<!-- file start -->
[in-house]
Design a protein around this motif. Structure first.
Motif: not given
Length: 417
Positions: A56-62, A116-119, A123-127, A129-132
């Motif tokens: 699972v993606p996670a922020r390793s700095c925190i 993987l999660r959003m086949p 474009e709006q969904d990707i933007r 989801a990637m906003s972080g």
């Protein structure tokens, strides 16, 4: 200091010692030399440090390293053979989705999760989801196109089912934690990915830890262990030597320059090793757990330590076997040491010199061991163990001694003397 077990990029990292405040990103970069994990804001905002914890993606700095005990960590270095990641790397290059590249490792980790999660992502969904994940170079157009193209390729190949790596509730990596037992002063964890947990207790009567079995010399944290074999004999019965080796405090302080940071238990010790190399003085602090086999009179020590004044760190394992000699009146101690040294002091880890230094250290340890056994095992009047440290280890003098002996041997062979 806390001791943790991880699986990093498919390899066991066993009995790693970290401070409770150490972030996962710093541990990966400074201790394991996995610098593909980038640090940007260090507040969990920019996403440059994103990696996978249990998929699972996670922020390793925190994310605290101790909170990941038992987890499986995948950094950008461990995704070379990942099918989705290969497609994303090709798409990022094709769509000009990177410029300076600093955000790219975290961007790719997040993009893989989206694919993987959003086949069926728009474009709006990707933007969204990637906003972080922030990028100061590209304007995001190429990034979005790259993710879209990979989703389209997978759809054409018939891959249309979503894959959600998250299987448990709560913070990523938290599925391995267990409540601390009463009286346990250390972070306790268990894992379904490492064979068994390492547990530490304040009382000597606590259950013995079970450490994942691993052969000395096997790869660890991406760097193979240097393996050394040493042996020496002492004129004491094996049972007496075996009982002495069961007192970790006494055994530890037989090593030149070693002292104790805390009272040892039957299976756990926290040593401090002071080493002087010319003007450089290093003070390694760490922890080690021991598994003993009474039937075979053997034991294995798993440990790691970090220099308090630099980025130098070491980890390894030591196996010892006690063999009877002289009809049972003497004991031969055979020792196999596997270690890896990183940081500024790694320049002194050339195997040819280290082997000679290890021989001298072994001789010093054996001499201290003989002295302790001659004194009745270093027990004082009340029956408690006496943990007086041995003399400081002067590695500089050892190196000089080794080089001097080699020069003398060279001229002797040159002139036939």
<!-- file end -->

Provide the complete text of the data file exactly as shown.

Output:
[in-house]
Design a protein around this motif. Structure first.
Motif: not given
Length: 417
Positions: A56-62, A116-119, A123-127, A129-132
């Motif tokens: 699972v993606p996670a922020r390793s700095c925190i 993987l999660r959003m086949p 474009e709006q969904d990707i933007r 989801a990637m906003s972080g």
């Protein structure tokens, strides 16, 4: 200091010692030399440090390293053979989705999760989801196109089912934690990915830890262990030597320059090793757990330590076997040491010199061991163990001694003397 077990990029990292405040990103970069994990804001905002914890993606700095005990960590270095990641790397290059590249490792980790999660992502969904994940170079157009193209390729190949790596509730990596037992002063964890947990207790009567079995010399944290074999004999019965080796405090302080940071238990010790190399003085602090086999009179020590004044760190394992000699009146101690040294002091880890230094250290340890056994095992009047440290280890003098002996041997062979 806390001791943790991880699986990093498919390899066991066993009995790693970290401070409770150490972030996962710093541990990966400074201790394991996995610098593909980038640090940007260090507040969990920019996403440059994103990696996978249990998929699972996670922020390793925190994310605290101790909170990941038992987890499986995948950094950008461990995704070379990942099918989705290969497609994303090709798409990022094709769509000009990177410029300076600093955000790219975290961007790719997040993009893989989206694919993987959003086949069926728009474009709006990707933007969204990637906003972080922030990028100061590209304007995001190429990034979005790259993710879209990979989703389209997978759809054409018939891959249309979503894959959600998250299987448990709560913070990523938290599925391995267990409540601390009463009286346990250390972070306790268990894992379904490492064979068994390492547990530490304040009382000597606590259950013995079970450490994942691993052969000395096997790869660890991406760097193979240097393996050394040493042996020496002492004129004491094996049972007496075996009982002495069961007192970790006494055994530890037989090593030149070693002292104790805390009272040892039957299976756990926290040593401090002071080493002087010319003007450089290093003070390694760490922890080690021991598994003993009474039937075979053997034991294995798993440990790691970090220099308090630099980025130098070491980890390894030591196996010892006690063999009877002289009809049972003497004991031969055979020792196999596997270690890896990183940081500024790694320049002194050339195997040819280290082997000679290890021989001298072994001789010093054996001499201290003989002295302790001659004194009745270093027990004082009340029956408690006496943990007086041995003399400081002067590695500089050892190196000089080794080089001097080699020069003398060279001229002797040159002139036939």